Doctors admit the controversy (and the unreliability of the test), but usually argue that we have nothing better at this point. If the PSA score shoots above a certain reading, then the doctor may recommend that a biopsy be done.
Now you have to prepare for further hassle and humiliation – you bare your butt and ‘private parts’ to more and more strangers in the name of... something, I forgot what exactly... oh yeah, our wellness! Yes, so at this stage they’ll use real pieces of hardware to shove up your rectum in the name of getting a better look.
Then, in layman’s lingo here, the surgeon, with the aid of the ultrasound technology inserted into your rectum from which to ‘see’ what he’s doing, shoots needle-like probes through the rectal wall into different parts of the prostate gland. I say shoots, as in my experience that is what it sort of sounded like in my half-groggy state during my ‘shoot’ a year or so ago.
While there was some discomfort in this procedure, it certainly wasn’t as disturbing as the later ‘everything was red’ experiences. I had blood in everything – urine, seminal fluids and feces. Oh goodie!
While the bleeding should stop within a day or two or less, the remnants of this event will stay in the seminal fluid for multiple ejaculations – I say again, multiple ejaculations. The material I read for this article stated that only rarely will there be blood in these areas. Well, for me, there was a lot.
Some experts argue for less invasive testing methods such as sonograms, even CAT scans or an MRI. Ask your doctor about your options.
What Are Some Treatment Options?
The progression of the cancer is determined based on the size, location and extent of spread of the cancer. Stage I & II can normally be determined by the initial tests and normally means that it has not moved beyond the prostate gland - which is good news. Where as Stages III & IV mean the cancer has spread beyond the prostate gland to other tissues or has spread to the lymph nodes.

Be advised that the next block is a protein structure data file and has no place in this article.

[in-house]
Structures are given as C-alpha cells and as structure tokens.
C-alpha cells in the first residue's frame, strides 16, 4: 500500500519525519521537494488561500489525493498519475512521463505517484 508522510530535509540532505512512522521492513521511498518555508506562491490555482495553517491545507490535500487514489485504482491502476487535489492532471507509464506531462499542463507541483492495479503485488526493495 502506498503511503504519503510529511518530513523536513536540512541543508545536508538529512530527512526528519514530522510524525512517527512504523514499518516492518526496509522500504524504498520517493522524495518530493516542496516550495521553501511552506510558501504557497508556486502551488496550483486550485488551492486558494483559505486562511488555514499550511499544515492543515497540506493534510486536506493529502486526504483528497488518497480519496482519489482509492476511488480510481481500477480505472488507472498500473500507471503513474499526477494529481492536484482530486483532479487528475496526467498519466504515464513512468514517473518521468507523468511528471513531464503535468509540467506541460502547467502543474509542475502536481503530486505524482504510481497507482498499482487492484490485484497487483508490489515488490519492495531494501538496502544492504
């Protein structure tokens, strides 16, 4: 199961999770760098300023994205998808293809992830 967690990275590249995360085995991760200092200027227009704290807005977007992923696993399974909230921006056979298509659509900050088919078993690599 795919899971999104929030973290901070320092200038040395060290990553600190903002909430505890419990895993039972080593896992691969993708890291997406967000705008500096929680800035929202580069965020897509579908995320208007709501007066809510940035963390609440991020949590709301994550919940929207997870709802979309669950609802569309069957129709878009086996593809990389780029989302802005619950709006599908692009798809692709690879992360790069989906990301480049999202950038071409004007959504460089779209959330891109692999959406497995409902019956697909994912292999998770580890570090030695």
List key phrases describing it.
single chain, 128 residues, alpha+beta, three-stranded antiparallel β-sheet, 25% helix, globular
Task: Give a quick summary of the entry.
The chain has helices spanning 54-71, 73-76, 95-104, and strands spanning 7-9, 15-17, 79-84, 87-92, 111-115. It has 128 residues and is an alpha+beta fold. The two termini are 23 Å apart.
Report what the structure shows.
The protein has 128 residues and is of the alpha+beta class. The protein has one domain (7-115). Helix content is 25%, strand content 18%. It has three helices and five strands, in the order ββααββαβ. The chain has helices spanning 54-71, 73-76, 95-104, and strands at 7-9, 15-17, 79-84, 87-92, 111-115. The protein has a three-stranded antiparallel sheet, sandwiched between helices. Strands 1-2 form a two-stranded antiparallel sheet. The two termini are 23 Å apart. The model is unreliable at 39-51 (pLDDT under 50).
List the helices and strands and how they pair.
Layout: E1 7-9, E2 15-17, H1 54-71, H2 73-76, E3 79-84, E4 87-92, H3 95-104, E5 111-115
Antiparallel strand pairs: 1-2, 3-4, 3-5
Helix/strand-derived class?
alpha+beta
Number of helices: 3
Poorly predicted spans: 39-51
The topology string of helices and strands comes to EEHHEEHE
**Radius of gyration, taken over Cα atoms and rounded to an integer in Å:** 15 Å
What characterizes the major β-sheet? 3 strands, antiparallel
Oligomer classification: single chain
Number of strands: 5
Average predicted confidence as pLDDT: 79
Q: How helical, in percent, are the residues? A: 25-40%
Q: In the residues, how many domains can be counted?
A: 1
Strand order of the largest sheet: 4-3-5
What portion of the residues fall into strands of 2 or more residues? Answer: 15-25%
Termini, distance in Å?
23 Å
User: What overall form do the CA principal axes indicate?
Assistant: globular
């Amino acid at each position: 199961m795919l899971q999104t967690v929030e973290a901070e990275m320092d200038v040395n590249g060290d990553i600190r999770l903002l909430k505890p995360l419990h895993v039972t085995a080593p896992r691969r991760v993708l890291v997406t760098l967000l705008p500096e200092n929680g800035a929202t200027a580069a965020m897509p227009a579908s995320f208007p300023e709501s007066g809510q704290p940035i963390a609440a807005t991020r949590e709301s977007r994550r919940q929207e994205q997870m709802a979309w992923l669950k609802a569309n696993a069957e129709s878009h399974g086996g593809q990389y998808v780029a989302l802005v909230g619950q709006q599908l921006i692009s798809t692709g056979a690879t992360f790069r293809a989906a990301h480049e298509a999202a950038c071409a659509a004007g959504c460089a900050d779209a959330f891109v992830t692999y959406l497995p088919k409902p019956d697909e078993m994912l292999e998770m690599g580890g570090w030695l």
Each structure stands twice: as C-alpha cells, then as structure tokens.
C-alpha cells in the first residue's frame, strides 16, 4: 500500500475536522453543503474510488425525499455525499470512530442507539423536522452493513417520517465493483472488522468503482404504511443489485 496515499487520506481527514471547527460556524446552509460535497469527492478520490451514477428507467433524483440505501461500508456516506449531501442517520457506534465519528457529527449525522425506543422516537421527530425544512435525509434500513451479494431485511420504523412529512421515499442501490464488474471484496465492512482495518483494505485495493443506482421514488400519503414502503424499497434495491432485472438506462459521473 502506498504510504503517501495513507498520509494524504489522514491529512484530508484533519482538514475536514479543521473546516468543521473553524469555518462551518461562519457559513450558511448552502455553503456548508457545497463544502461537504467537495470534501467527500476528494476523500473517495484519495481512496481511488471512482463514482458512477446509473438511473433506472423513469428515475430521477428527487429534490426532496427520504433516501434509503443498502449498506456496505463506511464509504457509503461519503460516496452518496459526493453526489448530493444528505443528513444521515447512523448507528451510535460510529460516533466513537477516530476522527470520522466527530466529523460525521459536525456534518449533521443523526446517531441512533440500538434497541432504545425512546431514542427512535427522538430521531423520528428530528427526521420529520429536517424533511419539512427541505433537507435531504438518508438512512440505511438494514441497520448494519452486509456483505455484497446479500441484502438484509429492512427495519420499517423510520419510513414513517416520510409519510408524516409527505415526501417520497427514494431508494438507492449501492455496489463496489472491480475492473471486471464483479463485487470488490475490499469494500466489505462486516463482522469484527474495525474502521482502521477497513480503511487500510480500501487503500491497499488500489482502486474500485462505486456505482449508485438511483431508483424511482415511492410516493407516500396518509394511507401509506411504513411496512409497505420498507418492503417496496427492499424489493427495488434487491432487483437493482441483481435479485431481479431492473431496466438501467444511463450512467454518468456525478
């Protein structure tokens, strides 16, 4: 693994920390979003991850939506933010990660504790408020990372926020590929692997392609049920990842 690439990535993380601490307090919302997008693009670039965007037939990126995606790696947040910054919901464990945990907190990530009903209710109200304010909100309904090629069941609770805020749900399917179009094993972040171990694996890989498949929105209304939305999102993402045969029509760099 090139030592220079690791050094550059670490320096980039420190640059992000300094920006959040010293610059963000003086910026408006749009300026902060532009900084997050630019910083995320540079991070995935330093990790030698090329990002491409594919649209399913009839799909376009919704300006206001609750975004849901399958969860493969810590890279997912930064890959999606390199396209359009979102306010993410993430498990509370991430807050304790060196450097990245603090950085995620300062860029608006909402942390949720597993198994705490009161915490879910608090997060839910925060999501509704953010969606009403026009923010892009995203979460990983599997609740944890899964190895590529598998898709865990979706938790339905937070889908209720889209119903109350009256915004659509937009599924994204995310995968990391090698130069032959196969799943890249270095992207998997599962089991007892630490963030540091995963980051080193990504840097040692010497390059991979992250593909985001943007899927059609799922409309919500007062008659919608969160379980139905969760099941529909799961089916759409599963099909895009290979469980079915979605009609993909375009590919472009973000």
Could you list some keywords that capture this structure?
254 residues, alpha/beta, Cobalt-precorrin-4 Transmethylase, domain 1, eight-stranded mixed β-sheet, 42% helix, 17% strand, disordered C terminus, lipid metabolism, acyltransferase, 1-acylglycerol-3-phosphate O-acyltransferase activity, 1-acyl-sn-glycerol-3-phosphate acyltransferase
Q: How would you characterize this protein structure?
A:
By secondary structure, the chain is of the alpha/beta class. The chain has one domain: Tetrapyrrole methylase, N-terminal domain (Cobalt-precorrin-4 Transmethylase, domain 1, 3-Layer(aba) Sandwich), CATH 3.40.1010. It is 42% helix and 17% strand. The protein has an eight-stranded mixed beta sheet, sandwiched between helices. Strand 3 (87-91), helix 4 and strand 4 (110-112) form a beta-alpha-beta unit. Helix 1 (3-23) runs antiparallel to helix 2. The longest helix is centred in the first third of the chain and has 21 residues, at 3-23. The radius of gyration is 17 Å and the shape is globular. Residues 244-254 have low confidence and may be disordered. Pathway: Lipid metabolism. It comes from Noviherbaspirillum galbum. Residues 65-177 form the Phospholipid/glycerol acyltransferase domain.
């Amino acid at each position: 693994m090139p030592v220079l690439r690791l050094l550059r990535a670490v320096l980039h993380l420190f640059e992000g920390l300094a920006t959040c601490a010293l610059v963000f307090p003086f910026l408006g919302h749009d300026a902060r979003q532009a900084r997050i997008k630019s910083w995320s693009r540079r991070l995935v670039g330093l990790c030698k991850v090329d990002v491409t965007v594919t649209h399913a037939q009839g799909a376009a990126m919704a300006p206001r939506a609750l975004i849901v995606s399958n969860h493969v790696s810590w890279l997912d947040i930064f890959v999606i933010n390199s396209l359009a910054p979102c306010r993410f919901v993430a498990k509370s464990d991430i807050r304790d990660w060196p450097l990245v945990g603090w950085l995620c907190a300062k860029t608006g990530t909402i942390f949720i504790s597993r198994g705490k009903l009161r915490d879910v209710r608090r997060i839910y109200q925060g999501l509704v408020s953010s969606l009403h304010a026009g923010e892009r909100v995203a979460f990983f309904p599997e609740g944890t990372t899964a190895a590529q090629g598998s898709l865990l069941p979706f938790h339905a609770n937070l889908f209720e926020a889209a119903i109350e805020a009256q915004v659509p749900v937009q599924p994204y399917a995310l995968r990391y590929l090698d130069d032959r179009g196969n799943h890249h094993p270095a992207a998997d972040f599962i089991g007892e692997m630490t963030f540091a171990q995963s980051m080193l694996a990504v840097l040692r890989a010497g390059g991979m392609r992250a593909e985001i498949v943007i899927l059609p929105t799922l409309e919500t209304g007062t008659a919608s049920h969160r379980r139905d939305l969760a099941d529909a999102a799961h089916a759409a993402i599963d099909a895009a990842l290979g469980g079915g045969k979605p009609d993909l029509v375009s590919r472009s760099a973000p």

Once the stage of the tumor is determined the treatment options are laid out on the table. All treatments will have some potential side effects associated with them that will be about as easy to swallow as the whole ‘red pill - blue pill’ scenario - so take the time to get a second opinion.
Treatment options will depend on the progression of the cancer. They can range from hormonal injections to manage the cancer, to different types of radiation treatments, and all the way to surgical removal of the prostate.
The negative side-effects from the treatment will vary as well, ranging from hair loss and minor sickness all the way to severe sickness, impotence, and loss of bladder control.
The good news is that successful treatment is very possible, of course, depending on how soon the cancer is detected and the specific type of cancer being dealt with. The most common form of prostate cancer is not aggressive and fast moving.
Early detection is the key! Our vigilance is key to our victory, so let’s take care of business. It is not convenient to get an exam, and can be a bit expensive. Many insurance programs pay for annual physical exams and a prostate exam is standard procedure in this for men our age.
Below is a link to the National Cancer Institute which provides good information and informative diagrams related to many of the things we’ve touched on in this article.
[Here’s my caveat, and I must say it again. These discussions are not intended as professional or medical advice. You should consult with your doctor when making decisions regarding this or any other medical condition you may have or wish to discuss.]